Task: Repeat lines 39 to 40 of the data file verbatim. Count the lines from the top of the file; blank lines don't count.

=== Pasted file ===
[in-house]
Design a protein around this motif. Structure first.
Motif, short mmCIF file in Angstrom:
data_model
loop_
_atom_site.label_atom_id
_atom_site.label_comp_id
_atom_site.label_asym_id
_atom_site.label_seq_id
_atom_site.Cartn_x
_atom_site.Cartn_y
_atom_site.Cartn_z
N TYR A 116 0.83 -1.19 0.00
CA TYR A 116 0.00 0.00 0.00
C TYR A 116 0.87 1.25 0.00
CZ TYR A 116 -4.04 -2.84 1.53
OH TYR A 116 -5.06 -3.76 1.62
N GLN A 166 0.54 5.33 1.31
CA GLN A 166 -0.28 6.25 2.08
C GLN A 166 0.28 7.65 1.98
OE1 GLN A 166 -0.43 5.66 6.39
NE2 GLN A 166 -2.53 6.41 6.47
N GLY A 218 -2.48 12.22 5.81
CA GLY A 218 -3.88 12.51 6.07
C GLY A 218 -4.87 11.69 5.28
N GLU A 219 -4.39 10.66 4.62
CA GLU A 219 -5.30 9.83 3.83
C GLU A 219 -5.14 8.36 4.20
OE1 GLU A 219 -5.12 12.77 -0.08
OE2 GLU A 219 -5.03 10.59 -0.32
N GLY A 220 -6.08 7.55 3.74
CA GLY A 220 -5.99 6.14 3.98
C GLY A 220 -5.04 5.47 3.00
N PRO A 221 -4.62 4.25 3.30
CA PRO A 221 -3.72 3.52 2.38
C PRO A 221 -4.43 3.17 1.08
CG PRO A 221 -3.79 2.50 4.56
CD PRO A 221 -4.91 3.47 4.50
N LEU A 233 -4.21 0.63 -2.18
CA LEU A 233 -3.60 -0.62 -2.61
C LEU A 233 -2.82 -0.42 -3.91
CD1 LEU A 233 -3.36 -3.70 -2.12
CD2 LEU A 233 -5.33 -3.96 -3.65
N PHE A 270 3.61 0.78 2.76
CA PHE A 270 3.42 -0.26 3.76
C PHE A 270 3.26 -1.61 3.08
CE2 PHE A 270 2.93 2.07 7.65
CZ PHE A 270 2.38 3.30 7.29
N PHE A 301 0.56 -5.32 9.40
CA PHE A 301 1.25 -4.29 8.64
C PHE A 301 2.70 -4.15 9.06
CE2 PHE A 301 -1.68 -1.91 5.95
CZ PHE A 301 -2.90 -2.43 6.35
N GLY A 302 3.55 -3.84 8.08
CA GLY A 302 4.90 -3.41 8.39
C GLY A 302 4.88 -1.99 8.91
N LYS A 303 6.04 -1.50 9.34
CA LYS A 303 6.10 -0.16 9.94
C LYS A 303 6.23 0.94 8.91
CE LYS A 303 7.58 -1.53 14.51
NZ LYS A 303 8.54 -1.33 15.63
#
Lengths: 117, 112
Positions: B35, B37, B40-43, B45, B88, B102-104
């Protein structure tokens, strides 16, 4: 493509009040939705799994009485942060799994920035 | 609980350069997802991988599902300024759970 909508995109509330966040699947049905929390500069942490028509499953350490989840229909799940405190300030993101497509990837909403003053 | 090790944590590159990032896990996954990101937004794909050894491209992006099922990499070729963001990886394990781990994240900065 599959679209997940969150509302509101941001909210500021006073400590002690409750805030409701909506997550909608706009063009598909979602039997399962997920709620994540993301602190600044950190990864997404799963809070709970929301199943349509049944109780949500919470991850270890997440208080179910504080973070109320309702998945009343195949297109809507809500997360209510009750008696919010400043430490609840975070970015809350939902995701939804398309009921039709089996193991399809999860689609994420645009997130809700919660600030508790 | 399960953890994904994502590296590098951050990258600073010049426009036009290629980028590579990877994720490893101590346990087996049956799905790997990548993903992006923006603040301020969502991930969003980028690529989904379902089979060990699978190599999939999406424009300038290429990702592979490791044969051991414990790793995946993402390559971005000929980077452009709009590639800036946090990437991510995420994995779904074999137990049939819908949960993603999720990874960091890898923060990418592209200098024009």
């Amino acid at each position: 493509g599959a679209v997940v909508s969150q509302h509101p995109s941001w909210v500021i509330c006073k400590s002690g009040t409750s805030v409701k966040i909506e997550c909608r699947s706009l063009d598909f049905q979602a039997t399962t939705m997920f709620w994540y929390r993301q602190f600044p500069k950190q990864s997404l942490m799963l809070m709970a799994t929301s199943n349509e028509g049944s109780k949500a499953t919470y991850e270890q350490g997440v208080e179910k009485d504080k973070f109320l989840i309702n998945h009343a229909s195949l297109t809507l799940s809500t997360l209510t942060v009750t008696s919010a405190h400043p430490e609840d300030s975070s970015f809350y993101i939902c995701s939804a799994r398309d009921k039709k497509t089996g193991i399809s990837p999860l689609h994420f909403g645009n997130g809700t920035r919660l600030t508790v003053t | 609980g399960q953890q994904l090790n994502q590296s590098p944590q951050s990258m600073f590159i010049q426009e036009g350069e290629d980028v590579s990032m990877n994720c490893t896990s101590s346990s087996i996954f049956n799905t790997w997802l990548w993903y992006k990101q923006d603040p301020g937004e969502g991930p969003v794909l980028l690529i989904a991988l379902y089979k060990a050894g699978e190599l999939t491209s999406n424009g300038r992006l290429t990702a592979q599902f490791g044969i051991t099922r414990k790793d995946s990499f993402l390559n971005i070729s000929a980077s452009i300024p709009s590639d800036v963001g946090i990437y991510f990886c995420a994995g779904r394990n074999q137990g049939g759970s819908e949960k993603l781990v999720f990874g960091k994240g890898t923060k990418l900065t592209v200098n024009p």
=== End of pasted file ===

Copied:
N LEU A 233 -4.21 0.63 -2.18
CA LEU A 233 -3.60 -0.62 -2.61